The Dependable Chanterelle

Many mycophagists consider the bolete, the chanterelle, and the morel as the triumvirate of edible mushrooms. While boletes are limited in the Bay Area and morels are even rarer, in a good year chanterelles are abundant. This helps make the chanterelle (Cantharellus cibarius) a very popular mushroom for local pothunters.

Chanterelles have a subtle flavor and an excellent texture which are at their best when young firm specimens are cooked slowly in moist heat. The flavor of the chanterelle is accentuated by the addition of freshly grated nutmeg, which I add to many chanterelle recipes.

Chicken Sauté with Chanterelles

Brown the chicken breasts in the butter and olive oil. Remove from the pan. Sauté the onion, garlic and chanterelles until the onion is translucent, but has not begun to brown. Deglaze the pan with the wine or bourbon. Add the stock, nutmeg, and reserved chicken. Cover the pan and cook over medium low heat about 10-15 minutes or until the chicken is done, but not overcooked. Remove the chicken to a heated platter, turn the heat to high, and reduce the sauce to about 1/4 to 1/2 cup. Add salt to taste. Then add the cream, bring to a boil, and reduce the sauce to the desired consistency. Pour the chanterelle sauce over the chicken and serve.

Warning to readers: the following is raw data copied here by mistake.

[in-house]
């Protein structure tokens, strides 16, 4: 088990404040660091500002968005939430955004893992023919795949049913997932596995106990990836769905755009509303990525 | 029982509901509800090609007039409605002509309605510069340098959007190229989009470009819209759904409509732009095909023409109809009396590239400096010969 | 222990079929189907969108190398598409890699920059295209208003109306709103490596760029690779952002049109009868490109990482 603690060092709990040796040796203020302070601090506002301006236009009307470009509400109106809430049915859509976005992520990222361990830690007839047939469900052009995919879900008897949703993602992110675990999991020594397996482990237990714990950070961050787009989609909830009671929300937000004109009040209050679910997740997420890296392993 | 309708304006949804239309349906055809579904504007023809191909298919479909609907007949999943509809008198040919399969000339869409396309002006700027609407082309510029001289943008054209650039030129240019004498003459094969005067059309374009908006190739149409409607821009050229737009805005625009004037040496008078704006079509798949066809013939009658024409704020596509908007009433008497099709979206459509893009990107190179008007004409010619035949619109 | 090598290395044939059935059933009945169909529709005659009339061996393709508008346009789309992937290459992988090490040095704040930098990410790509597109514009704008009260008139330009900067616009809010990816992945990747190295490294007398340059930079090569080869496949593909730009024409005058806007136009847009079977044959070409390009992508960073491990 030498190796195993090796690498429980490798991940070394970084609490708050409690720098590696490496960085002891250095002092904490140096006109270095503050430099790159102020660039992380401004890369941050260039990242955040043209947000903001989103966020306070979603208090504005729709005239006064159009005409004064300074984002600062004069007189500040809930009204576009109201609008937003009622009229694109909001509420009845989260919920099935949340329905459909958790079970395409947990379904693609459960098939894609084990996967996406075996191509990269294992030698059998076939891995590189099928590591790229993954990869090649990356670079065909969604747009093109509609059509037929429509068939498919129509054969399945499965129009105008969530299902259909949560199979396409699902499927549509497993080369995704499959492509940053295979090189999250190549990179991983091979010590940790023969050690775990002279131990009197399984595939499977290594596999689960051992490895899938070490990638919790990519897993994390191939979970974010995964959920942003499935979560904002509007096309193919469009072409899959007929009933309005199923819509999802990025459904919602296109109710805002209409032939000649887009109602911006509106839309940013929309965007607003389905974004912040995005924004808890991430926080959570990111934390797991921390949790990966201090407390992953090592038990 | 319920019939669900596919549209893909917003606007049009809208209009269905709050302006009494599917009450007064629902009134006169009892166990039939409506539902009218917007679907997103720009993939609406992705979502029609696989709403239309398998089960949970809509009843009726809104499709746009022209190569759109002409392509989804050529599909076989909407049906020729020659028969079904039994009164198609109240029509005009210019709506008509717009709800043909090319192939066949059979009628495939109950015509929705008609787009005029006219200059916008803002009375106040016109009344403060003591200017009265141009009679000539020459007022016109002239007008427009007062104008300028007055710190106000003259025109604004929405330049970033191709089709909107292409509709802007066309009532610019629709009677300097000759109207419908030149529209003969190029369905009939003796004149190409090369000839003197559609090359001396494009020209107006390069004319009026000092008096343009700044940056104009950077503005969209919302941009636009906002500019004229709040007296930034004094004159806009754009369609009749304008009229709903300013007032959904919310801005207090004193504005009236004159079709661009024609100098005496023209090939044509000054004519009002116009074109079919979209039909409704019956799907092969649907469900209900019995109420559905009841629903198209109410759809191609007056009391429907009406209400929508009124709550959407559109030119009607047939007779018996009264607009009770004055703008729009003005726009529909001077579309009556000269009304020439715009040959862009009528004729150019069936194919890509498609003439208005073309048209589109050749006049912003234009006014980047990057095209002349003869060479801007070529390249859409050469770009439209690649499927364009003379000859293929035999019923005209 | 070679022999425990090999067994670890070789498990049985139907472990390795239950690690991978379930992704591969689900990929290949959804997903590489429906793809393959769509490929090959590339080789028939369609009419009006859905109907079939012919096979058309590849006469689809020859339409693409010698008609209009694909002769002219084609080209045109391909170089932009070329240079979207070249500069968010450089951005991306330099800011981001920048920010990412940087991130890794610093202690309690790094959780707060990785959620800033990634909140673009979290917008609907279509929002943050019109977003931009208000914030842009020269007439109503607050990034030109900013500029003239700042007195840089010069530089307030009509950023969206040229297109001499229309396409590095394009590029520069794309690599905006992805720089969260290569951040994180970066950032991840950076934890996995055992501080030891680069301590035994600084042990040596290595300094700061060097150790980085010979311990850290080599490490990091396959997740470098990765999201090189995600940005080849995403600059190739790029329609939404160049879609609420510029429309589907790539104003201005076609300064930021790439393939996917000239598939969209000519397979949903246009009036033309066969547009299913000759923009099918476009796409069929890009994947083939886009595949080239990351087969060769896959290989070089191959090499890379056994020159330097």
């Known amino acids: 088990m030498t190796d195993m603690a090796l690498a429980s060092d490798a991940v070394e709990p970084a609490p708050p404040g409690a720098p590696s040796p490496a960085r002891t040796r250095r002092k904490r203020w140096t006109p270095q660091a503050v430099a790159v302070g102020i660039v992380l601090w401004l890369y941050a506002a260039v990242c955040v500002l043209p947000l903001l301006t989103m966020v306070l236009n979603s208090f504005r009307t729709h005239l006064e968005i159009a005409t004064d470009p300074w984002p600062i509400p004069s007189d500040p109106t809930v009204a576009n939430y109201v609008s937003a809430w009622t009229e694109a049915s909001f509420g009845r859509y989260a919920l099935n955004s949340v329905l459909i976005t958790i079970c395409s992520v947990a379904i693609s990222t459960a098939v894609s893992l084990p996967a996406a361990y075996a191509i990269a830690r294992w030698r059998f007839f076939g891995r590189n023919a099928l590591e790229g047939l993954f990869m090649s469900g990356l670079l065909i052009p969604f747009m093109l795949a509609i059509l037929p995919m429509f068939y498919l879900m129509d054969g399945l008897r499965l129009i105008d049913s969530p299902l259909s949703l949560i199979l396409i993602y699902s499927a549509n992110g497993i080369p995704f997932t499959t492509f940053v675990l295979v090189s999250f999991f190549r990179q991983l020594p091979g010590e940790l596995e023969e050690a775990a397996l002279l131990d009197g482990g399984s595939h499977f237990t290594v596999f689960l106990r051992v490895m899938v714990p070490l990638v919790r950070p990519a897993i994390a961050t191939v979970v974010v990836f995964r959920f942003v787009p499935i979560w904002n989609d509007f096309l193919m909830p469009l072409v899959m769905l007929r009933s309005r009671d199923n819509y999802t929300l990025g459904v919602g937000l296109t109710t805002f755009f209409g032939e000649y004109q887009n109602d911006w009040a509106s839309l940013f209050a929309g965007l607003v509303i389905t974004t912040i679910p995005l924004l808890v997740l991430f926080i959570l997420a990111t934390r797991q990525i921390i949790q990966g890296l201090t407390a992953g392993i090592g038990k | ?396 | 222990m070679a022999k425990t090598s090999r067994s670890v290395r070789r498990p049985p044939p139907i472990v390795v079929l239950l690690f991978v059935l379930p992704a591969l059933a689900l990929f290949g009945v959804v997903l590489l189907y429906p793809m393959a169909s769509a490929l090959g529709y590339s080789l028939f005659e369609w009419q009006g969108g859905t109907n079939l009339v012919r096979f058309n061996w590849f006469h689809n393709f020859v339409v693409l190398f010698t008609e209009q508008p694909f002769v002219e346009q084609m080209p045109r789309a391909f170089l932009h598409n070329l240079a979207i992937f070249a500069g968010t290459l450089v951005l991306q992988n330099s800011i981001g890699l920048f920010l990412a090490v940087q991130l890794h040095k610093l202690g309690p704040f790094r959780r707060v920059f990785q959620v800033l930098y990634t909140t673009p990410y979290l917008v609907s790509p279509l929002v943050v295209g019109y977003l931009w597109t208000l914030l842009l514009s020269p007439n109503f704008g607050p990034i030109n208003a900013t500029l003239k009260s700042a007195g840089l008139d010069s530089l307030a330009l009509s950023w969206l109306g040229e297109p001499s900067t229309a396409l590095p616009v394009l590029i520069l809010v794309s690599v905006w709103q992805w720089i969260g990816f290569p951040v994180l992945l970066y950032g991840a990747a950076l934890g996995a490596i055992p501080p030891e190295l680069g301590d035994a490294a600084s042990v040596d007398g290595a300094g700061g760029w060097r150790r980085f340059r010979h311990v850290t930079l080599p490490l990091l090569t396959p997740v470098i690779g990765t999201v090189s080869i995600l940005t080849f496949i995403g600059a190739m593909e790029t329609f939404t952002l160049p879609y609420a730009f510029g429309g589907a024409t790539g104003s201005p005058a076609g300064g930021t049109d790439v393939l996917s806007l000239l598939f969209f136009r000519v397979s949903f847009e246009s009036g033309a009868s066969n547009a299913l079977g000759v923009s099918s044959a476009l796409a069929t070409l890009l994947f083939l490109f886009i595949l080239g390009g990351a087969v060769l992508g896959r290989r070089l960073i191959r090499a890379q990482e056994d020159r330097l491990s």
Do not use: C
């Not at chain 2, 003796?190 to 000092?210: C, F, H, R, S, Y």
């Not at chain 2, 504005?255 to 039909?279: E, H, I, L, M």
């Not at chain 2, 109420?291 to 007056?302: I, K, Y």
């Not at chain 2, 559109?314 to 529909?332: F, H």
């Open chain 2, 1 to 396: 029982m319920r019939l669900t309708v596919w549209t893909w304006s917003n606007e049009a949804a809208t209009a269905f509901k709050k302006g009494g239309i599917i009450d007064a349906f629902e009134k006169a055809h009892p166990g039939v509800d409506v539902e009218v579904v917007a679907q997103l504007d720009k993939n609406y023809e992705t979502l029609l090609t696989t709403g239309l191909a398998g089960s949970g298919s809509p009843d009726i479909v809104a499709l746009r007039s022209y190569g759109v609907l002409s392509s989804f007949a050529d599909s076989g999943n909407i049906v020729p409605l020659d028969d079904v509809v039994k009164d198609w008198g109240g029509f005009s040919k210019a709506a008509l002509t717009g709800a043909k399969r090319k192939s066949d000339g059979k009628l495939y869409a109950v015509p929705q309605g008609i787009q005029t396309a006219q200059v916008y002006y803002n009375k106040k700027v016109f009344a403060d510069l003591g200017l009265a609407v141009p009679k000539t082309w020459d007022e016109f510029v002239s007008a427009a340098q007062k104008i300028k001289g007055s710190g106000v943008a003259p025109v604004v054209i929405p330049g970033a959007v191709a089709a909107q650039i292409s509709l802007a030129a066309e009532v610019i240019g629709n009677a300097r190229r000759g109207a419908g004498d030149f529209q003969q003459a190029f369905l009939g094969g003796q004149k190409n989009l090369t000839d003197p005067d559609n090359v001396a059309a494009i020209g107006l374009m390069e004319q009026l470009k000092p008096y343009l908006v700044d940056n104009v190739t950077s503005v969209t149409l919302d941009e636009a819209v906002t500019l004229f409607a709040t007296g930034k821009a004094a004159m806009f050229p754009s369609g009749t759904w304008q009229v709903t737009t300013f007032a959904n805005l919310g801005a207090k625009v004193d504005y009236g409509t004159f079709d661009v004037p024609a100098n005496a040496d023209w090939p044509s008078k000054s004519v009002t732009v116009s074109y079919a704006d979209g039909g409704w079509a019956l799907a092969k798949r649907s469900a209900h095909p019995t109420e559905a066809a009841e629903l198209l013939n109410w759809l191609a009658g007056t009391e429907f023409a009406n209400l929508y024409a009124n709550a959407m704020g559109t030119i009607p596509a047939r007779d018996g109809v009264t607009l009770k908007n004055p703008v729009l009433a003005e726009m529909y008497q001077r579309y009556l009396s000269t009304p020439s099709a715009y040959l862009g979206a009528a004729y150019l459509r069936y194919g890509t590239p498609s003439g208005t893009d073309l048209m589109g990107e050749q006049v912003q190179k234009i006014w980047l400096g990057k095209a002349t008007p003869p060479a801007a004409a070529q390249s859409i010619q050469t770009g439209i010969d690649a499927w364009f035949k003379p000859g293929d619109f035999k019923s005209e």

Variations: With the sauce reduced lightly, I like to serve this dish with a good pasta. It is wonderful served with fresh fettucine made with lots of black pepper and accompanied by a Sauvignon Blanc. When I use bourbon instead of white wine, I reduce the sauce until it is very thick and serve the dish with rice or a mixture of rice and wild rice, accompanied by a medium bodied Cabernet Sauvignon or Merlot.